Cybersecurity and remote working: how to stay secure when working outside the office
1 October 2020
This article highlights why cyber security and remote working can be challenging and provides recommendations on how to tackle some key areas to keep your business safe.
See also: Cybersecurity basics: a guide to how SMEs can protect themselves
Many workplaces have some level of cybersecurity considerations and have procedures in place to guide employee operations in a range of scenarios. However, responding to a global pandemic is unlikely to have featured in many company policies. In response to lock-down and at home/remote working, businesses have had to consider how their systems remain secure when employees are based outside of the office for extended periods of time.
Whilst some businesses are transitioning back to the workplace, the reality for others is that their employees may be split between office and remote working for the near future.
Why robust Cyber Security Road Map is Vital for Remote Working
For many businesses, the transition to remote working for a large percentage of their workforce will have been rapid, unplanned, and disruptive to normal workflows. Whilst some employees may already work from home on occasion, having large numbers move to remote working with immediate effect will have added pressure to IT teams. For those unfamiliar with remote working, recognising risk at home, understanding the importance of robust cybersecurity measures away from the office and taking ownership of risk in a different way maybe a new challenge. However, if they are not already in place, now is the opportunity to ensure systems and communications are adequately protected.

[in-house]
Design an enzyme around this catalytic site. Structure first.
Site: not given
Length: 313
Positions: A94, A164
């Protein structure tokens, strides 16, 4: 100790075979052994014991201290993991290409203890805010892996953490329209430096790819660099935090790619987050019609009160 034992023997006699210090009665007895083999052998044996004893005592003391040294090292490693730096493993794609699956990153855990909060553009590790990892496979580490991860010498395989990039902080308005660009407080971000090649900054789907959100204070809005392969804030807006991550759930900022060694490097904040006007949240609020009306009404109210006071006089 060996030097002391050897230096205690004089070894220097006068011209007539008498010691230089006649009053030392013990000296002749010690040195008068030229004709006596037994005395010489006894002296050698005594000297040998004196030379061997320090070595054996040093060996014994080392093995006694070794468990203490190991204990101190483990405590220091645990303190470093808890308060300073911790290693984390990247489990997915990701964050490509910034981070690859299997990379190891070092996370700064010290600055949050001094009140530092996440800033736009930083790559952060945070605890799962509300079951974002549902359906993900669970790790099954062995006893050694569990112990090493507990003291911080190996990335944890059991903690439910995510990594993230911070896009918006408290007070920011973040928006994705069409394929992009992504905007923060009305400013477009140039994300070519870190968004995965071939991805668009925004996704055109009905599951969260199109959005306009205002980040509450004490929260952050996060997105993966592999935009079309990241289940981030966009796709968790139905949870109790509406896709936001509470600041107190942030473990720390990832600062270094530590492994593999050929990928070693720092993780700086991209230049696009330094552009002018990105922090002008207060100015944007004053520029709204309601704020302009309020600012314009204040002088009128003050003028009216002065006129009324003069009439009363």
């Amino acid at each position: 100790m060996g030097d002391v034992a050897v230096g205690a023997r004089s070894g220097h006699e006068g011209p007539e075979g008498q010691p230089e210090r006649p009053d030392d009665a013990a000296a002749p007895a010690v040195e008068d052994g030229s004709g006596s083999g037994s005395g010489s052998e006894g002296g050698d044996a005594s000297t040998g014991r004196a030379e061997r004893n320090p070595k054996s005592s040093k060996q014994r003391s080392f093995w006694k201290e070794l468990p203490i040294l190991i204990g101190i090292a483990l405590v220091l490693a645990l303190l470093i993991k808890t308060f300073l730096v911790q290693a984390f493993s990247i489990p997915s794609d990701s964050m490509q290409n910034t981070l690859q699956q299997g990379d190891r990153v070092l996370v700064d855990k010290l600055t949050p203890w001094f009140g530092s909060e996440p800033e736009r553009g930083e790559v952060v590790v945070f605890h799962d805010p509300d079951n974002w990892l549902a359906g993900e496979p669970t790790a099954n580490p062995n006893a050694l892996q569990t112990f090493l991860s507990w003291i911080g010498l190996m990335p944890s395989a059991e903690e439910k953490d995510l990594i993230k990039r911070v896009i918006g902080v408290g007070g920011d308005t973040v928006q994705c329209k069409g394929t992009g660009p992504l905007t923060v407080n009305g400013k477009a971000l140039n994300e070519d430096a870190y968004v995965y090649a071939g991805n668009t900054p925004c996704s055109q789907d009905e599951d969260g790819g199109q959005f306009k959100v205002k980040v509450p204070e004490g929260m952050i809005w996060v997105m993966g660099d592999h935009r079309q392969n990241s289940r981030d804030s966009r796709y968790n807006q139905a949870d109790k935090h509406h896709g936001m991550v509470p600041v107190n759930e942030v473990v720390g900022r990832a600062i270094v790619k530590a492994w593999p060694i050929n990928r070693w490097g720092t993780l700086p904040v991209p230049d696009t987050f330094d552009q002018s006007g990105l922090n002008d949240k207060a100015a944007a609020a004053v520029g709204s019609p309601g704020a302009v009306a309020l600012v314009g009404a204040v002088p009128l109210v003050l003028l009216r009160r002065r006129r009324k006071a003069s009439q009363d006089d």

Securing Remote Workers Communications
Securing communications when working remotely is vital to protect both the end-user and the corporate environment. A number of options are available to create secure communications for employees and clients. These options include:
- Creating a two-factor authentication process that combines a password with a digital code that is typically sent to a separate device
- Making sure employees understand that just because they are working from home, they still need to use employer approved devices for accessing communications and systems, as well as storing business-related data. This will also ensure data is stored and protected in line with GDPR policies
- Ensuring employees have a secure Wi-Fi connection, or in the event it cannot be made secure, making sure a (Virtual Private Network) VPN is in place to facilitate secure communication between the home and work network.
Whilst no remote working situation can be completely risk-free, embedding a range of options in combination with policies that are well communicated to employees is a good start to ensuring risks are minimised or mitigated wherever possible.
GDPR Awareness and Remote Working